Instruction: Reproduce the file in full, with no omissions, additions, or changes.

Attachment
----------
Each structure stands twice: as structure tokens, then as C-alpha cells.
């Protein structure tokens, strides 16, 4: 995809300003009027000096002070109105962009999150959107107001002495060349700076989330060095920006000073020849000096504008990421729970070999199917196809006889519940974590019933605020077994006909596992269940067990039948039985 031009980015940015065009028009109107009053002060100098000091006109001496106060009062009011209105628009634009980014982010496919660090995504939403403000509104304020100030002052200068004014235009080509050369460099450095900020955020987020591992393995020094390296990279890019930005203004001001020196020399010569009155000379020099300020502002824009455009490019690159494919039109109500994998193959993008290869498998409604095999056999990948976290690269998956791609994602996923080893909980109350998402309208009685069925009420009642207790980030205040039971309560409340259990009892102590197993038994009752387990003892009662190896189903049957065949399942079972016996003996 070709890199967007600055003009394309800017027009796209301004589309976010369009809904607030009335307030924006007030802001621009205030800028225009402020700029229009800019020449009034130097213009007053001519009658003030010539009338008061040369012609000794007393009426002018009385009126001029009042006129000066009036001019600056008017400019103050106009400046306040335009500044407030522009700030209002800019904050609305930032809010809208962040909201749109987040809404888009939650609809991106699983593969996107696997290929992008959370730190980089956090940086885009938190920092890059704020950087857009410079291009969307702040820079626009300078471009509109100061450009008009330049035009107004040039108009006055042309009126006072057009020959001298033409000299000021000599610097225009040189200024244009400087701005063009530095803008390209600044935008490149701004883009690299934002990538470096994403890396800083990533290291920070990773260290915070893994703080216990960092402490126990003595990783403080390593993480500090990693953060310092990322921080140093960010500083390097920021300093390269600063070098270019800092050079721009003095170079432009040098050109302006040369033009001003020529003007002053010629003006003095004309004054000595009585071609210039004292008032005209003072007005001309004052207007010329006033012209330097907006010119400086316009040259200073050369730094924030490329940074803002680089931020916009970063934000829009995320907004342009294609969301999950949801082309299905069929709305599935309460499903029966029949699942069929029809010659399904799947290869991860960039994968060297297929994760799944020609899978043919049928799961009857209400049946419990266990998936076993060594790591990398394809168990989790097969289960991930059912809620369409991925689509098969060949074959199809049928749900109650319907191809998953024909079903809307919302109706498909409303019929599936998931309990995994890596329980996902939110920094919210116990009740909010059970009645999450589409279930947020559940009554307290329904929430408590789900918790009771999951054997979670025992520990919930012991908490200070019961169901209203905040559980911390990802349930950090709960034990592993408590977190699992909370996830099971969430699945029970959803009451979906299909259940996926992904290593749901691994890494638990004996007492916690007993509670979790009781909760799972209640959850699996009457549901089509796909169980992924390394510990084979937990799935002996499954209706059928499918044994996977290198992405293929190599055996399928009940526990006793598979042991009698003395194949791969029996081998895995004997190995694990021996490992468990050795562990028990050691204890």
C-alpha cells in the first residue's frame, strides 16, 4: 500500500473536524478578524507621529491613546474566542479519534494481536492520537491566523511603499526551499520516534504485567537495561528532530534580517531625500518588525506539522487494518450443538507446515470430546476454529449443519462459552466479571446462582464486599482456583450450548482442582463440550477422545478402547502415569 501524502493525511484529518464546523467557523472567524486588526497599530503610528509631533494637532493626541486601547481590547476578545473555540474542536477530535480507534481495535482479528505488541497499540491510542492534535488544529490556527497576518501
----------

Each structure stands twice: as structure tokens, then as C-alpha cells.
């Protein structure tokens, strides 16, 4: 995809300003009027000096002070109105962009999150959107107001002495060349700076989330060095920006000073020849000096504008990421729970070999199917196809006889519940974590019933605020077994006909596992269940067990039948039985 031009980015940015065009028009109107009053002060100098000091006109001496106060009062009011209105628009634009980014982010496919660090995504939403403000509104304020100030002052200068004014235009080509050369460099450095900020955020987020591992393995020094390296990279890019930005203004001001020196020399010569009155000379020099300020502002824009455009490019690159494919039109109500994998193959993008290869498998409604095999056999990948976290690269998956791609994602996923080893909980109350998402309208009685069925009420009642207790980030205040039971309560409340259990009892102590197993038994009752387990003892009662190896189903049957065949399942079972016996003996 070709890199967007600055003009394309800017027009796209301004589309976010369009809904607030009335307030924006007030802001621009205030800028225009402020700029229009800019020449009034130097213009007053001519009658003030010539009338008061040369012609000794007393009426002018009385009126001029009042006129000066009036001019600056008017400019103050106009400046306040335009500044407030522009700030209002800019904050609305930032809010809208962040909201749109987040809404888009939650609809991106699983593969996107696997290929992008959370730190980089956090940086885009938190920092890059704020950087857009410079291009969307702040820079626009300078471009509109100061450009008009330049035009107004040039108009006055042309009126006072057009020959001298033409000299000021000599610097225009040189200024244009400087701005063009530095803008390209600044935008490149701004883009690299934002990538470096994403890396800083990533290291920070990773260290915070893994703080216990960092402490126990003595990783403080390593993480500090990693953060310092990322921080140093960010500083390097920021300093390269600063070098270019800092050079721009003095170079432009040098050109302006040369033009001003020529003007002053010629003006003095004309004054000595009585071609210039004292008032005209003072007005001309004052207007010329006033012209330097907006010119400086316009040259200073050369730094924030490329940074803002680089931020916009970063934000829009995320907004342009294609969301999950949801082309299905069929709305599935309460499903029966029949699942069929029809010659399904799947290869991860960039994968060297297929994760799944020609899978043919049928799961009857209400049946419990266990998936076993060594790591990398394809168990989790097969289960991930059912809620369409991925689509098969060949074959199809049928749900109650319907191809998953024909079903809307919302109706498909409303019929599936998931309990995994890596329980996902939110920094919210116990009740909010059970009645999450589409279930947020559940009554307290329904929430408590789900918790009771999951054997979670025992520990919930012991908490200070019961169901209203905040559980911390990802349930950090709960034990592993408590977190699992909370996830099971969430699945029970959803009451979906299909259940996926992904290593749901691994890494638990004996007492916690007993509670979790009781909760799972209640959850699996009457549901089509796909169980992924390394510990084979937990799935002996499954209706059928499918044994996977290198992405293929190599055996399928009940526990006793598979042991009698003395194949791969029996081998895995004997190995694990021996490992468990050795562990028990050691204890």
C-alpha cells in the first residue's frame, strides 16, 4: 500500500473536524478578524507621529491613546474566542479519534494481536492520537491566523511603499526551499520516534504485567537495561528532530534580517531625500518588525506539522487494518450443538507446515470430546476454529449443519462459552466479571446462582464486599482456583450450548482442582463440550477422545478402547502415569 501524502493525511484529518464546523467557523472567524486588526497599530503610528509631533494637532493626541486601547481590547476578545473555540474542536477530535480507534481495535482479528505488541497499540491510542492534535488544529490556527497576518501